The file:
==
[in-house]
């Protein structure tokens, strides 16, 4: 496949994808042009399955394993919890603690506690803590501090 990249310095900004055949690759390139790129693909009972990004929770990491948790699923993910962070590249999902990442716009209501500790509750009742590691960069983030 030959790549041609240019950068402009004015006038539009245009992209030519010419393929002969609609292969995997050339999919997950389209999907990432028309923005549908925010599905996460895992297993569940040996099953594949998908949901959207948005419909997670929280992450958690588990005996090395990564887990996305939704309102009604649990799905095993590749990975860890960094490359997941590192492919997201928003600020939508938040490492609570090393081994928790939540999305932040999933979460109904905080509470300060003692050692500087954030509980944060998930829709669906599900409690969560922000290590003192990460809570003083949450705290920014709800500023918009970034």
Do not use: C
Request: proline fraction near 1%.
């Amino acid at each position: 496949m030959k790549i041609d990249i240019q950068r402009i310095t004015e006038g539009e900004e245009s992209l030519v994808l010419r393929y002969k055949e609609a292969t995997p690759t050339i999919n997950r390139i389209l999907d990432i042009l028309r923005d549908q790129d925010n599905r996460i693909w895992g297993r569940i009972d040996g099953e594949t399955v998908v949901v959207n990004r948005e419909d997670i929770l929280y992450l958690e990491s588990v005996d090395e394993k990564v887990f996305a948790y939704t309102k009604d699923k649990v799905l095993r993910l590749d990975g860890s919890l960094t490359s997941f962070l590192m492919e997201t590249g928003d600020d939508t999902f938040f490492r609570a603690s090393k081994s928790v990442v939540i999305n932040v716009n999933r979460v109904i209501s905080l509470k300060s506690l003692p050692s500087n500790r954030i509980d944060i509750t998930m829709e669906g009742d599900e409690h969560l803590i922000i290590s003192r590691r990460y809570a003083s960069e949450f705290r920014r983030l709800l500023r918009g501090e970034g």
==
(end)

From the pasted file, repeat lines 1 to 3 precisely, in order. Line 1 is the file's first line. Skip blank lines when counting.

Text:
[in-house]
């Protein structure tokens, strides 16, 4: 496949994808042009399955394993919890603690506690803590501090 990249310095900004055949690759390139790129693909009972990004929770990491948790699923993910962070590249999902990442716009209501500790509750009742590691960069983030 030959790549041609240019950068402009004015006038539009245009992209030519010419393929002969609609292969995997050339999919997950389209999907990432028309923005549908925010599905996460895992297993569940040996099953594949998908949901959207948005419909997670929280992450958690588990005996090395990564887990996305939704309102009604649990799905095993590749990975860890960094490359997941590192492919997201928003600020939508938040490492609570090393081994928790939540999305932040999933979460109904905080509470300060003692050692500087954030509980944060998930829709669906599900409690969560922000290590003192990460809570003083949450705290920014709800500023918009970034």
Do not use: C